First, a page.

CentOS vs Ubuntu was Re: Easy to use/install (was Re: [Novalug] Community contribution)
franklin at elfie.org
Fri Jan 25 10:21:39 EST 2008
Yum comes with RHEL5, so I imagine it comes with CentOS 5, too. There
are Dag packages for RHEL4 and earlier.
Yum+RPM are closer to, but not quite yet apt+dpkg. There's no such
thing as rpm --reconfigure, there's no yum install -f. On the other
hand, yum does updates as yum update, instead of "apt-get update &&
apt get upgrade." For probably 90% of what you use apt for, yum works
I prefer apt, but I'll happily use either.
On Jan 25, 2008, at 7:43 AM, greg pryzby wrote:
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> The question I would have is does yum come with and is it part of the
> distro or is it a 3rd party addon?
> Not much of a difference, but a difference to me.
> also, if it is the same, welcome to the game, just 10 years late ;)
> maxpublic08 at maxwellspangler.com wrote:
>> */- Thu, 24 Jan 2008, greg pryzby wrote:
>>> Ubuntu is based on debian. It is a deb system so the entire
>>> system is different and I think for those who have used RPM and deb,
>>> most prefer the ease of deb. For instance, deb knows what packages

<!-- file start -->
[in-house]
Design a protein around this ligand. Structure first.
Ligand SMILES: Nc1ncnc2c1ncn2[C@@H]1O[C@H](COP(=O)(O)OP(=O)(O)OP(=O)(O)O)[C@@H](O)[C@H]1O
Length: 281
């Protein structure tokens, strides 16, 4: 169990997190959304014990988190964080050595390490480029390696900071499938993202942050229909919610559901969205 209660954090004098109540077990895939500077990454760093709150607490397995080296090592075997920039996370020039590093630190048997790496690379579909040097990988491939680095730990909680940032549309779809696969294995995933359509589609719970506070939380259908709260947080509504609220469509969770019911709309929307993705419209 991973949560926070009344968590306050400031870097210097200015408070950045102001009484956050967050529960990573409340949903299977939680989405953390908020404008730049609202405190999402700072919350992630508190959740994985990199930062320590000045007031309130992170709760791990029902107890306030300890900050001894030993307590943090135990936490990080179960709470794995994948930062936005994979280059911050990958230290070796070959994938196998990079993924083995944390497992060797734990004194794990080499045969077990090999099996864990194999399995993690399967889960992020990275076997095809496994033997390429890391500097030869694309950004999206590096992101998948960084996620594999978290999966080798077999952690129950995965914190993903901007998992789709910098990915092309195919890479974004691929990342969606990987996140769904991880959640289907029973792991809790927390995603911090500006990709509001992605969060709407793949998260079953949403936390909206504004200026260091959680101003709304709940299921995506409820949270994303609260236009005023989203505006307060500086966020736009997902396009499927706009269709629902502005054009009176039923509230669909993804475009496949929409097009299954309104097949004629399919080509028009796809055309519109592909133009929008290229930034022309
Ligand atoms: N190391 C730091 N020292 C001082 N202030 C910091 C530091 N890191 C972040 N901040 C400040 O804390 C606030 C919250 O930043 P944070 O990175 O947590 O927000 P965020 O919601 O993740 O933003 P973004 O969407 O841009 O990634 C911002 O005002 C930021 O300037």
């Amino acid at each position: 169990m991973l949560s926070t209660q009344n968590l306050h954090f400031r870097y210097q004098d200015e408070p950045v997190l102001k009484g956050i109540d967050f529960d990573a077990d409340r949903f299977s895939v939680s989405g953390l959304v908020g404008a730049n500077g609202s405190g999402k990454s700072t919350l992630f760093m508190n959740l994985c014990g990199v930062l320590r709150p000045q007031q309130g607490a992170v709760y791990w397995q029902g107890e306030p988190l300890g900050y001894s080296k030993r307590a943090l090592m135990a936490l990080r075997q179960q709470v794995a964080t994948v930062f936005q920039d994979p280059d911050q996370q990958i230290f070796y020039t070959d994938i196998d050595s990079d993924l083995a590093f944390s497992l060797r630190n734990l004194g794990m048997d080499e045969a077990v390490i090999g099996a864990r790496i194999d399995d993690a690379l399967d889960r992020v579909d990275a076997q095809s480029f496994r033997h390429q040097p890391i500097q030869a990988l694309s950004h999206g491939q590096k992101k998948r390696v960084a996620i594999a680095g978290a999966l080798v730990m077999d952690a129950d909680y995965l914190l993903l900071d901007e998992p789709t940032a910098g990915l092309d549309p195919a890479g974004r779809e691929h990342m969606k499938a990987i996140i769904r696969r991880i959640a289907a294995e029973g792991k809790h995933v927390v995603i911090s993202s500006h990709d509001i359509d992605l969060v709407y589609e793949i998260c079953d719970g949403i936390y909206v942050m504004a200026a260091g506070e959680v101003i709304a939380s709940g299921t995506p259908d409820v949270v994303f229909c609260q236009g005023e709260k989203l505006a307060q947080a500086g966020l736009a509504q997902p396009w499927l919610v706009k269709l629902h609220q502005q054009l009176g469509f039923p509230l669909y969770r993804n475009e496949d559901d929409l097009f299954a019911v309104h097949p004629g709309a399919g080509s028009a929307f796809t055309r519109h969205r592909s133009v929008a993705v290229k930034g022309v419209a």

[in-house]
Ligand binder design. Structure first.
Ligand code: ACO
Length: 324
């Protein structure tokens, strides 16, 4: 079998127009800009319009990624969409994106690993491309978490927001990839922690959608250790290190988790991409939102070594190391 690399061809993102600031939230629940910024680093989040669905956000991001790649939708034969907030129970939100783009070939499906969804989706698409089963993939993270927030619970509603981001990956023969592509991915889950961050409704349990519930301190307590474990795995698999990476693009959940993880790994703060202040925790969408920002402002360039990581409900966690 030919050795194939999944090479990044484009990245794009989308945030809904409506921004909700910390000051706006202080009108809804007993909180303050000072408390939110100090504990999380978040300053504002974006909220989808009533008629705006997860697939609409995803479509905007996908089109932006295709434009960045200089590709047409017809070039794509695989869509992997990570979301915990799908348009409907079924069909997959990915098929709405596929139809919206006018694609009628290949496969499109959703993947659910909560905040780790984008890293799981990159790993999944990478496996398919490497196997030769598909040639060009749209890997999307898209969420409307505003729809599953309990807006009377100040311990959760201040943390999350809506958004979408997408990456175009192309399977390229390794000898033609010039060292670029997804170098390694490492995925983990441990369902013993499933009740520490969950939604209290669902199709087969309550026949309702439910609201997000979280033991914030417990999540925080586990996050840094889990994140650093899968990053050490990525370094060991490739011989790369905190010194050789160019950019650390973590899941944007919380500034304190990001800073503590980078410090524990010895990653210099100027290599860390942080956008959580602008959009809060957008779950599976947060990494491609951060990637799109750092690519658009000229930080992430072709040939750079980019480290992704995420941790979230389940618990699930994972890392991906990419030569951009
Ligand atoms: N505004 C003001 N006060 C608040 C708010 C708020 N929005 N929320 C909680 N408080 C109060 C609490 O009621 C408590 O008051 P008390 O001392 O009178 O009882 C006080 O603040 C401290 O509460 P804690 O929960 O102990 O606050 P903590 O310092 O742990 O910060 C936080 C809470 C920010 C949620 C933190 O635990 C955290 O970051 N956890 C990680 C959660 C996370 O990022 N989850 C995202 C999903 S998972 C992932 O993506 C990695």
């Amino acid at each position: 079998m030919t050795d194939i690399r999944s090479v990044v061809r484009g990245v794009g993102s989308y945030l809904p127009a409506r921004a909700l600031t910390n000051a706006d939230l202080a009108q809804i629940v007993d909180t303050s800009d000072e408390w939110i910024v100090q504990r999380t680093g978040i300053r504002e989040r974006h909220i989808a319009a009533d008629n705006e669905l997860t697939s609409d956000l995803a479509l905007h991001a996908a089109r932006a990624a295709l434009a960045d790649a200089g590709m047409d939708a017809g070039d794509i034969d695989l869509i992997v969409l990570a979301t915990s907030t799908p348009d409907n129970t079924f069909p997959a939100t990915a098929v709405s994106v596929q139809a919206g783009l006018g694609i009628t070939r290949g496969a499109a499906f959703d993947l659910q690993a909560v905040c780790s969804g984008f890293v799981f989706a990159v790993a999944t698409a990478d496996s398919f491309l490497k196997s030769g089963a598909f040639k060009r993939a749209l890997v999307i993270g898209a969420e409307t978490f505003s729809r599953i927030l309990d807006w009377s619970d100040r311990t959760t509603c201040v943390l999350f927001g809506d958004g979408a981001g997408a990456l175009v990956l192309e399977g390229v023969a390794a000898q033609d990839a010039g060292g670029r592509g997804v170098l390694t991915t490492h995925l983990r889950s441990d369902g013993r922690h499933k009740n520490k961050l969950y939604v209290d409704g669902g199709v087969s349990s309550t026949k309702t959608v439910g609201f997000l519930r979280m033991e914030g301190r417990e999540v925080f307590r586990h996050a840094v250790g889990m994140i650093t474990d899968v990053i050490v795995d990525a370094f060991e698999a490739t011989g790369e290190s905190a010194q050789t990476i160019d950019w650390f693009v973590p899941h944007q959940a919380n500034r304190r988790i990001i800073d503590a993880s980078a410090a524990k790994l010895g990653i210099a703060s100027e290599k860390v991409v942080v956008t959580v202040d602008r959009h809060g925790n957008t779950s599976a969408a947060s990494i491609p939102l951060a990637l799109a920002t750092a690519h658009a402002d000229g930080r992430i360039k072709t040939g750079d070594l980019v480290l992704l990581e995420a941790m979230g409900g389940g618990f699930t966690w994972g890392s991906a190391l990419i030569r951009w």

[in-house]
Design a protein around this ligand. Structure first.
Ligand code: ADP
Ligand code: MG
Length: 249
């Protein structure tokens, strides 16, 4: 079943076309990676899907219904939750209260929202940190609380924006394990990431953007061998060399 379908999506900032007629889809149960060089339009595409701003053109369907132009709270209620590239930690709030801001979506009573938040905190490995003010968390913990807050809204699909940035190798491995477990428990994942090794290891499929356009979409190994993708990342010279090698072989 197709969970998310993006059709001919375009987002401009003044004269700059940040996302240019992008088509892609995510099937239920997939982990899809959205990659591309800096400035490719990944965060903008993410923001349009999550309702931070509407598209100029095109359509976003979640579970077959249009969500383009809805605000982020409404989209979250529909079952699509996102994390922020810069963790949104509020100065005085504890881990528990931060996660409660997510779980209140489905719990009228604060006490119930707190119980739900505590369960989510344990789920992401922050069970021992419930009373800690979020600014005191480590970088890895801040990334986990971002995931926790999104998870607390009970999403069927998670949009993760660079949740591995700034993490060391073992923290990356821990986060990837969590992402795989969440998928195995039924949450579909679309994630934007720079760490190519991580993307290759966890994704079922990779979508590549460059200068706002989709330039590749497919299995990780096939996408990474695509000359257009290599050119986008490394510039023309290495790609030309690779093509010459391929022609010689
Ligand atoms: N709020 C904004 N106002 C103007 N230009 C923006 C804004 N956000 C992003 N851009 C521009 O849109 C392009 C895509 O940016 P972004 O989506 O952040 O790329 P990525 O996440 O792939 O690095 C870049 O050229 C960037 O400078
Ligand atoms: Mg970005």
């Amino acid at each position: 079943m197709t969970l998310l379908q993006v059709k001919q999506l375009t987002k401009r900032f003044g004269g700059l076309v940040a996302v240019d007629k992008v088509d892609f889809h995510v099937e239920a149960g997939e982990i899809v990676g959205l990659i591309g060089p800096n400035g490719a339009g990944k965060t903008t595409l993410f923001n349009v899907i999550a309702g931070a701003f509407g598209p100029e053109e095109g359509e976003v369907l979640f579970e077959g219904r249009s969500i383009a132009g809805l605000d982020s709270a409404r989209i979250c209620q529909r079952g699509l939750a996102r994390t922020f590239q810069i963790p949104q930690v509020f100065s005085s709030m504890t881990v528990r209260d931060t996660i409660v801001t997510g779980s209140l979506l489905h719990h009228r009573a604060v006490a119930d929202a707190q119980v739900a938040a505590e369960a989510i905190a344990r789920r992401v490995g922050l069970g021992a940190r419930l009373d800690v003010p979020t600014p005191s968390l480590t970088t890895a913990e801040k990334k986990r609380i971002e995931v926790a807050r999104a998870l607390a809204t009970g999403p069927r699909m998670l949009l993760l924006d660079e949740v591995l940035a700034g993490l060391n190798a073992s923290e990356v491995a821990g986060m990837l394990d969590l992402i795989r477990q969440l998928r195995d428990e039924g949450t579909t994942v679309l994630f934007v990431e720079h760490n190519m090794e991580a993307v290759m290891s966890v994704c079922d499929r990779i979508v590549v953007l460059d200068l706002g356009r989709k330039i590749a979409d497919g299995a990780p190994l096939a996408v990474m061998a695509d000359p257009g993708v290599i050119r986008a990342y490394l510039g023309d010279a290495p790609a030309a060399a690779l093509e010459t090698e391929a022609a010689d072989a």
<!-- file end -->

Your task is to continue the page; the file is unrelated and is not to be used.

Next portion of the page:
>>> needs and the installer can proactively get the packages instead of
>>> telling you you need file X which is what RPM does (or at least
>> On my Fedora 8 system, it uses rpm as a package system, but I use the
>> 'yum' tool to download and install packages from the command line and
>> pirut as a graphical package manager.
>> # yum -y install amarok
>> downloads amarok, any dependencies and installs all of them from any
>> repositories I've got setup. This sounds an awful lot like
>> # apt-get amarok
>> which I believe has done the same on debian systems for years.
>> This leaves me wondering if rpm+yum has caught up to debian in ease
>> use and wondering what the real difference between an rpm system
>> and a
>> debian system are these days..
> - --
> greg pryzby greg at pryzby dot org
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